All Monday-morning quarterbacking of the 2016 GOP primary should begin with a clear stipulation: There is nothing wrong with the fact that every Republican campaign (along with virtually every professional politician on the planet) was blindsided by Donald Trump’s rise. Yes, there were numerous smart people who detected the seething anti-establishment sentiment in the electorate. Tapping into that anger was central to Ted Cruz’s strategy, for example, but I’ve yet to find the pundit or politician who predicted that Trump would lead the GOP’s internal revolt.
But by Thanksgiving, the shock should have worn off. By December, the urgency of the situation should’ve been clear. After all, not only had Trump led the RealClearPolitics polling average since July 20 (except for a three-day Ben Carson blip), he’d already exposed that he wasn’t just running as a populist but as a no-holds-barred brawler, dominating media coverage to an unprecedented degree and demonstrating that normal political rules no longer applied. Gaffes didn’t hurt Trump. His vile insults and crass demeanor only built his popularity.
So what did the Republican contenders do? They largely acted as if Trump wouldn’t matter. Ted Cruz kept lamely referring to Trump as his “friend.” Marco Rubio largely ignored him entirely, and while Jeb Bush tried to strike back at Trump in debates, he did so poorly and ineffectively. Instead, they got busy with what they viewed as their truly important work — destroying each other.
The result was catastrophic. To millions of voters, it looked as if there was only one leader on the stage — only one person with the guts and moxie to assert his will. The rest of the field looked small and weak, and in attacking one another while leaving the big bully alone, they looked frightened. While running to be the leader of the free world, they came across as intimidated by a real-estate developer and reality-TV star.
#share#To be clear, I don’t think they were actually afraid; they were just foolish. Convinced that Trump would self-destruct, or that the “real” competition was to become the not-Trump, they spent vast sums of money attacking one another. By February 20, of the $215 million spent by super PACS and other outside groups, only $9 million (around 4 percent) had been spent attacking Trump. By contrast, tens of millions were spent to destroy Marco Rubio. In New Hampshire, for example, Bush alone spent roughly $16 million against the Florida senator.
The tragedy is that when the attacks against Trump finally did come, they worked. Cruz woke up in the week before the Iowa caucus, hitting his “friend” hard and effectively. He won. But still, the lion’s share of the spending was wasted on fratricidal conflict. Only after the Nevada caucus did Cruz and Rubio both seem to wake up. Only then, did they seem to realize that “not-Trump” was insufficient. Someone had to step up and actually lead the effort to save conservatism and spare America from a dime-store demagogue.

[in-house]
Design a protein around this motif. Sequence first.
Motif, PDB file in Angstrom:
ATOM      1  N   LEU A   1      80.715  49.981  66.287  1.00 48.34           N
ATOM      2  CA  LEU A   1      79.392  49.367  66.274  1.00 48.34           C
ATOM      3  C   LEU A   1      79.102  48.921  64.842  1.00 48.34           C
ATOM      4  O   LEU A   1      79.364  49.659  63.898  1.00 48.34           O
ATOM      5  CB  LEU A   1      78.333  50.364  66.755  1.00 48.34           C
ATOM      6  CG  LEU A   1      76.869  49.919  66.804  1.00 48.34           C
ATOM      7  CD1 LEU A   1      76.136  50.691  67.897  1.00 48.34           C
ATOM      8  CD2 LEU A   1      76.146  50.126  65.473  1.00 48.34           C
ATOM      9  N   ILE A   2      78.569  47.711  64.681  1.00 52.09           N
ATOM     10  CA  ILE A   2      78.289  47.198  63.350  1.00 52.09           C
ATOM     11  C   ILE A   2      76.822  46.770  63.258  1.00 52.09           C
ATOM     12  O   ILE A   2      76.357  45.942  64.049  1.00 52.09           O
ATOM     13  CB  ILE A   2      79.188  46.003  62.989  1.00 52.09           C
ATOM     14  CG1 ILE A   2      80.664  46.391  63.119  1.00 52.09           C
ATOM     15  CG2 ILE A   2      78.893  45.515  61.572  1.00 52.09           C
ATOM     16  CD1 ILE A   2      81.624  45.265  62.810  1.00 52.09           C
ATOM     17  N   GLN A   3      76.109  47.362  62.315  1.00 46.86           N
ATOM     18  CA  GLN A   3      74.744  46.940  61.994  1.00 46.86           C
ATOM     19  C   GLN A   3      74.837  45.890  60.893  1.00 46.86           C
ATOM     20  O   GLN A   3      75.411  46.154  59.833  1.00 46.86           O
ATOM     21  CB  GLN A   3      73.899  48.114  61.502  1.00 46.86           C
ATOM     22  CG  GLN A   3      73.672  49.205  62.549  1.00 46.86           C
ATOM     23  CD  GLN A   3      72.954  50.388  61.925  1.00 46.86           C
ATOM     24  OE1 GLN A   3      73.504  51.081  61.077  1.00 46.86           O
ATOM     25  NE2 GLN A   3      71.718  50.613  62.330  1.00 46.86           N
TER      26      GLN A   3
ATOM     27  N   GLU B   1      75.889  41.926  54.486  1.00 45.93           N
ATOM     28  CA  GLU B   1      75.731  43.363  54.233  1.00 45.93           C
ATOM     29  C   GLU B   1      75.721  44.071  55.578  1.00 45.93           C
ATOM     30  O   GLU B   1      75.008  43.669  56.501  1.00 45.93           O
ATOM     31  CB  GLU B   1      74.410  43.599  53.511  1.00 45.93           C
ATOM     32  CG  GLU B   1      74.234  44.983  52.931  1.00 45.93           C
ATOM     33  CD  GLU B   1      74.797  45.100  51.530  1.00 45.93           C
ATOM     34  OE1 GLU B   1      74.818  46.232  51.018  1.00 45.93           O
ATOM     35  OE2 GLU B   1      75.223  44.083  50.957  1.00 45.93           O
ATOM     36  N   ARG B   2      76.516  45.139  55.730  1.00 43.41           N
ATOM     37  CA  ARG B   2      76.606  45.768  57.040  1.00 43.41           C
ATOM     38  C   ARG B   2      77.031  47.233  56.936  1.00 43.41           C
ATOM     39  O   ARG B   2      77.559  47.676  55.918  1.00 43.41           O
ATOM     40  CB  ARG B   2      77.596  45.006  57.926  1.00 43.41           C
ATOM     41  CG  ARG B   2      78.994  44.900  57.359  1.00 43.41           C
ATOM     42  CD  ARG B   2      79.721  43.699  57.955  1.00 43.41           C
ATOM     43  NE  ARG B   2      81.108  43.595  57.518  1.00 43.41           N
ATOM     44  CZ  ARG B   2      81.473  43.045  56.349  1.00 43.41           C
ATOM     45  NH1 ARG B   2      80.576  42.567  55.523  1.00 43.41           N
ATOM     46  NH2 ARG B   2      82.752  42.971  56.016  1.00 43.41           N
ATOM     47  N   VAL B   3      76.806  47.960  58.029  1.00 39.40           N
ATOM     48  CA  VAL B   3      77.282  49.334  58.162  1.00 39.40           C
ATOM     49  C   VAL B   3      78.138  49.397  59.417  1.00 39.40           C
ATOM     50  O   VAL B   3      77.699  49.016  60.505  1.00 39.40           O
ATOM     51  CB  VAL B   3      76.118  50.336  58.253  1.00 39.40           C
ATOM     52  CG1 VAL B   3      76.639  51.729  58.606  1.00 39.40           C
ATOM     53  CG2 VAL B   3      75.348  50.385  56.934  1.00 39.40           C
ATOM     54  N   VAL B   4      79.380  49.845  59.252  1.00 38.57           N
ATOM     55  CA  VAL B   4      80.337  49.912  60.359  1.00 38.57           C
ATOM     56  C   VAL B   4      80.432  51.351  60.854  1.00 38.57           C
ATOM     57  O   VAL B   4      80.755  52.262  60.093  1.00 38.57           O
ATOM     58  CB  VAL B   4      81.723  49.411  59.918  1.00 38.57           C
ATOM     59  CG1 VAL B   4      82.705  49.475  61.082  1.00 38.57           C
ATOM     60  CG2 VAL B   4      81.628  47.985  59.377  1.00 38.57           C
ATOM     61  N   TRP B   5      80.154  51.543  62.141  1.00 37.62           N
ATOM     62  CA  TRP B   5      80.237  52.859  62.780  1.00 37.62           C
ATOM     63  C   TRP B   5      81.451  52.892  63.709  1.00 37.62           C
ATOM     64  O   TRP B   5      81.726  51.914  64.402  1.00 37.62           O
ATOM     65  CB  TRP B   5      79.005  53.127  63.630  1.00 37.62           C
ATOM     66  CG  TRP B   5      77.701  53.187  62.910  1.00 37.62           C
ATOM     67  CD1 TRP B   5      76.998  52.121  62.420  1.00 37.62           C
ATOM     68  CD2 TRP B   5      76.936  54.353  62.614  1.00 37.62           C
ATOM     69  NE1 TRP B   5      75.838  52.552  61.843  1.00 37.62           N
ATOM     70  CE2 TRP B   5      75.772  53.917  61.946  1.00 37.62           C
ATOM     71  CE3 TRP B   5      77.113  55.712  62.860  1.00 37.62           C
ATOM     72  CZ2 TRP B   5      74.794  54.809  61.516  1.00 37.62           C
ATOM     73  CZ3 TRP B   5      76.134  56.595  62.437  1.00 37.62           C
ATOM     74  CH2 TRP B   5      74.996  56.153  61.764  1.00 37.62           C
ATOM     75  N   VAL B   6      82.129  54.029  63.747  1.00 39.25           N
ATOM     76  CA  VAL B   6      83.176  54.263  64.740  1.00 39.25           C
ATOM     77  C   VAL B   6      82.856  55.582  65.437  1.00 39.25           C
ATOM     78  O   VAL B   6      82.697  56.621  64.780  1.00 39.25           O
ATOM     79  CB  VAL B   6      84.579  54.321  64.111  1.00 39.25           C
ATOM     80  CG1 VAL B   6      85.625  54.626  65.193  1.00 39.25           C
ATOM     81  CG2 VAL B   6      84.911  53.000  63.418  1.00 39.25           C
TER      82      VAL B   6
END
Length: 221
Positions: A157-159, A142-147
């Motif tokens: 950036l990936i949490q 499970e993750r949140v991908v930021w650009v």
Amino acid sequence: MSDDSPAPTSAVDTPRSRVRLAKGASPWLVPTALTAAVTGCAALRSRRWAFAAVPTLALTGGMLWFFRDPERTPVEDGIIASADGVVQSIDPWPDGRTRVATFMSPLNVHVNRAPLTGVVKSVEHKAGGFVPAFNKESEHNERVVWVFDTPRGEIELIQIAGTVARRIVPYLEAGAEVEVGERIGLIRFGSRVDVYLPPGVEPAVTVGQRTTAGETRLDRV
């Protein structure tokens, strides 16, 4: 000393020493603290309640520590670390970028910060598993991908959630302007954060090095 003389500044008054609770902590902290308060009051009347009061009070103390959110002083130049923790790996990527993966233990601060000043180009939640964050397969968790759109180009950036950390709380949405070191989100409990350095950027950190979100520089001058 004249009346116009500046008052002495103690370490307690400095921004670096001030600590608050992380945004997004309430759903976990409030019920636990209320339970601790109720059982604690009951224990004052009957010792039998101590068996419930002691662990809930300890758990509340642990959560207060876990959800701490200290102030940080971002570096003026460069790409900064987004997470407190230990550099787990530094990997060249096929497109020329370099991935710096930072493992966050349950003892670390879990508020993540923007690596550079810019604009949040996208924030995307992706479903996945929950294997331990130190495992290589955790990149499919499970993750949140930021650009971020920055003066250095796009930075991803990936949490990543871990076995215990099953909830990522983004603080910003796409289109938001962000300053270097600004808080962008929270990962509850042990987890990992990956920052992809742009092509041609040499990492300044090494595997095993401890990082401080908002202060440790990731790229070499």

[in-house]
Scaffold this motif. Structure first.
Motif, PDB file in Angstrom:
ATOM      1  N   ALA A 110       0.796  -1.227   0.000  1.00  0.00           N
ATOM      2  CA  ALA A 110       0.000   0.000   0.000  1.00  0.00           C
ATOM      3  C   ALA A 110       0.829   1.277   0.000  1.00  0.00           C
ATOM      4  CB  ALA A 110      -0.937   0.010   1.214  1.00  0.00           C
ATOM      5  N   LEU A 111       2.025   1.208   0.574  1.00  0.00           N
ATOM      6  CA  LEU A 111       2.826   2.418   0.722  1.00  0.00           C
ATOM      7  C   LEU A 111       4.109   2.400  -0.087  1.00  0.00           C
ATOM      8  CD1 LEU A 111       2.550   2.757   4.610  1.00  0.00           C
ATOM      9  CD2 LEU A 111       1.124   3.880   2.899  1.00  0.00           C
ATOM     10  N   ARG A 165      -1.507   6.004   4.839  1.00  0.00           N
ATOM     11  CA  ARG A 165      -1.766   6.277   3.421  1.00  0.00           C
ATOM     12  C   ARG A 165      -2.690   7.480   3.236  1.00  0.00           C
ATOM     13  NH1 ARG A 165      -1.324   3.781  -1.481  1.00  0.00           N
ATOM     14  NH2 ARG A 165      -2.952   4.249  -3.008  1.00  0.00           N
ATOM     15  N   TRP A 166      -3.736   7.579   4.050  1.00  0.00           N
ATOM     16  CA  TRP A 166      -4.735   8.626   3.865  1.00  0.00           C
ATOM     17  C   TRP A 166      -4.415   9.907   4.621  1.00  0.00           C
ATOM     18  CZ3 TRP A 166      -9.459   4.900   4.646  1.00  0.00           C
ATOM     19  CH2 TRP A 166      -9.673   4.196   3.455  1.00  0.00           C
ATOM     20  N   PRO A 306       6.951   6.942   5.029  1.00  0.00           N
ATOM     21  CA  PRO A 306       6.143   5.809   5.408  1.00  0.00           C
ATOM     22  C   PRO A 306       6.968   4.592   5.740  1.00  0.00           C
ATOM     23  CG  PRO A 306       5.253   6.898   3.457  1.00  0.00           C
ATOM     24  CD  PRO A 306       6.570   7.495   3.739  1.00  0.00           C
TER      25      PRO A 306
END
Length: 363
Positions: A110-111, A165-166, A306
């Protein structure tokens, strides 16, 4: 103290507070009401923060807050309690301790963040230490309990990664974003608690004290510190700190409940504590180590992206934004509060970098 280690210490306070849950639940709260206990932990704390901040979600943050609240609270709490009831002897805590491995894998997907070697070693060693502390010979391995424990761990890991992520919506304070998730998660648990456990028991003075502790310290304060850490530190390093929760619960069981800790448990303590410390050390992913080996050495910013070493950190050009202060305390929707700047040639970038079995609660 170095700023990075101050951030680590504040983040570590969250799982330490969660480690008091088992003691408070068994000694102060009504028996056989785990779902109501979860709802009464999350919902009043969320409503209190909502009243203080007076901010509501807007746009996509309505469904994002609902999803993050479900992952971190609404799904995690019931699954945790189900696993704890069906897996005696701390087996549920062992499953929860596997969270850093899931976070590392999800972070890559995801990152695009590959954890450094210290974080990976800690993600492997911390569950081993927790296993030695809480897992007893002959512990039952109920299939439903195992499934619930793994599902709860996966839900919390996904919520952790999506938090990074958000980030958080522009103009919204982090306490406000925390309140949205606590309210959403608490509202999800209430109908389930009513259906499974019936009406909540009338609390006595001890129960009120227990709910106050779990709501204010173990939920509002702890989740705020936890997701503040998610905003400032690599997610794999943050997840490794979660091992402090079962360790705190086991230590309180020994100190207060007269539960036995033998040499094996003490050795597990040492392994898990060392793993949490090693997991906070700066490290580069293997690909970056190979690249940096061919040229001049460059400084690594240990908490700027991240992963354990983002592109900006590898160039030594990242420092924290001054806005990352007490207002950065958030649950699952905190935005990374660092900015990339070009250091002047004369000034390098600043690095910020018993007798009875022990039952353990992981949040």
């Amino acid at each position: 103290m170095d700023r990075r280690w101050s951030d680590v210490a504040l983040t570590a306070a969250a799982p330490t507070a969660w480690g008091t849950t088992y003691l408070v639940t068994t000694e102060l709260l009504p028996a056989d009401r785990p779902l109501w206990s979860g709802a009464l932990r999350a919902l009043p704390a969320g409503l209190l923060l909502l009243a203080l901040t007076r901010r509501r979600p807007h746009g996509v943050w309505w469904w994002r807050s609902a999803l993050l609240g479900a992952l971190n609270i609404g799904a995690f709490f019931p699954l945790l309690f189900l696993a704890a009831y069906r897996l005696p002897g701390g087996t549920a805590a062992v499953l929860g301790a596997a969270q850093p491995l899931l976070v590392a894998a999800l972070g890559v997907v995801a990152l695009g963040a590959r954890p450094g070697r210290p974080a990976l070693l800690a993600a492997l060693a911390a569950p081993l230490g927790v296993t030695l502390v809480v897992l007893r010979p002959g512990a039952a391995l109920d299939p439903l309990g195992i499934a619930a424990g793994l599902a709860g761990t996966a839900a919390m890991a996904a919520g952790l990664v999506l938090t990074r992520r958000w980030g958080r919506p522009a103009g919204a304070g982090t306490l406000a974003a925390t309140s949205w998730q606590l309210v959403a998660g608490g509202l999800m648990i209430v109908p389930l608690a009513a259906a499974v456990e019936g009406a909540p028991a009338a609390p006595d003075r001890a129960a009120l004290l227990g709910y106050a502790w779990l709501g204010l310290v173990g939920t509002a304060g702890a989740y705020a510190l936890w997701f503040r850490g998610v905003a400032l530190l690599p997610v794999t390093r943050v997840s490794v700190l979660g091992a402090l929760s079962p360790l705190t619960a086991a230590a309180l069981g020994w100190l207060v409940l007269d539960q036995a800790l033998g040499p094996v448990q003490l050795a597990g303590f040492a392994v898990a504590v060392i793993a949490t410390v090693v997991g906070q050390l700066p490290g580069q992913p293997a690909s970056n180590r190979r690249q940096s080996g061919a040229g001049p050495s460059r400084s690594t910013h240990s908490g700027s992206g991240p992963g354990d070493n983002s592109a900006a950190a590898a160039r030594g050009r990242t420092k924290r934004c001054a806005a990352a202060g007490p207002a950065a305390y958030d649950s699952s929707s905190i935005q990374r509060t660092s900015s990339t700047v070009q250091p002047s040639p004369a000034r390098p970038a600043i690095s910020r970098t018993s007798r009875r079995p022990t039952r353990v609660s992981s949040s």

Rubio and Cruz succeeded in humiliating Trump in consecutive debates. At the March 3rd debate, Trump was floundering so badly that his campaign manager, the now-infamous Corey Lewandowski, broke debate rules to go straight on the debate stage to calm his candidate during a commercial break.
The next weekend, Trump suffered through his worst polling day of the primary. He lost Maine and Kansas and narrowly prevailed in two states — Kentucky and Louisiana — that he was supposed to win in a rout. But, in hindsight, these attacks came far too late. Trump had built the largest and most loyal base of any GOP contender.
#related#Our modern elite — with its dearth of military experience and biographies notorious for their absence of hardship and self-sacrifice — often can’t comprehend true leadership. They’re wonks, data-crunchers, tacticians, and game theorists. They’re brilliant, but they’re not wise. They’re politicians, but they’re not leaders — at least not yet. And when the crucial moment came — when their movement and their values were at stake — they didn’t take the necessary risks. Instead, they triangulated. They played it safe. And they lost.
I’ll never forget the moment I understood the true depth of support for Trump. My wife’s uncle died weeks before the first primary. At his funeral, the pastor said that one of his greatest regrets is that he knew he would pass away before he had a chance to vote for Donald Trump. I’ve never heard that said of any candidate, much less a man so unworthy of such devotion. But he was following his leader. No one else had stepped up to earn his trust.